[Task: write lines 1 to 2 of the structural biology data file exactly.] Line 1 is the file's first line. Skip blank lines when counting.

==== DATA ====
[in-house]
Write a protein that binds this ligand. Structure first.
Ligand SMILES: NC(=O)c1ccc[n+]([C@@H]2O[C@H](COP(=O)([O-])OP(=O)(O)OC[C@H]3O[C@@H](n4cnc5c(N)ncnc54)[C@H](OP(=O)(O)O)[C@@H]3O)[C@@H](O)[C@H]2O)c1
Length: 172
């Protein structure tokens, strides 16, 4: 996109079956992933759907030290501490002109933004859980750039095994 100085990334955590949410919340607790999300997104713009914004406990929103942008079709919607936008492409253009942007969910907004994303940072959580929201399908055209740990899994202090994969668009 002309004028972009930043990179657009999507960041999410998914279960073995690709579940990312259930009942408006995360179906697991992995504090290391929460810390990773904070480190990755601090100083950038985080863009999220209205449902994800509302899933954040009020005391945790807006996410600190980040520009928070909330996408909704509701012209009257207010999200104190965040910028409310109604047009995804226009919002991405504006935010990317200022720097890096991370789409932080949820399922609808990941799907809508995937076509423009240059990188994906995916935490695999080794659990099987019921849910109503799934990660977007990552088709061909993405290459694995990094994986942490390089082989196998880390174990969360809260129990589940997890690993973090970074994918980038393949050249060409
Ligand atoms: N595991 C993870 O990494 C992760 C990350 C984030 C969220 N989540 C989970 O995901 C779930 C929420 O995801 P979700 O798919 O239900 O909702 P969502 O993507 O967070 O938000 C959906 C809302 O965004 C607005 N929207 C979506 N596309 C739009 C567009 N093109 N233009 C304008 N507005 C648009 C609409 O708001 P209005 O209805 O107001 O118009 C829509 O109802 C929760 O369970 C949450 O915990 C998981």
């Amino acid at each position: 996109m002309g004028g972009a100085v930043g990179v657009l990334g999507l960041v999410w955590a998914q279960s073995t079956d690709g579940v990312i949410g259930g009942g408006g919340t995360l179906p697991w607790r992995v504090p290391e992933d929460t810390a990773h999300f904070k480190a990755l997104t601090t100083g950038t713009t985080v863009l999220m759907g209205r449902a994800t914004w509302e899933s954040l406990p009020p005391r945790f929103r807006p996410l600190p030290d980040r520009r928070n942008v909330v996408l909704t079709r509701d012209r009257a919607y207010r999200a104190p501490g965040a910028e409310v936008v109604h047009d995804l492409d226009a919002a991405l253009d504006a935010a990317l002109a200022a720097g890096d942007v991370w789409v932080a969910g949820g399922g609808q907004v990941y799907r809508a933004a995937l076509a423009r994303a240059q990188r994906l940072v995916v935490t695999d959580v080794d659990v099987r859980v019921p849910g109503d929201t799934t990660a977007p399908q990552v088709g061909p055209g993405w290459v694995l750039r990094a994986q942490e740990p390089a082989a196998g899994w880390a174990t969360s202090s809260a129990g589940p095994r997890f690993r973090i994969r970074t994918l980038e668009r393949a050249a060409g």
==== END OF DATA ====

[in-house]
Write a protein that binds this ligand. Structure first.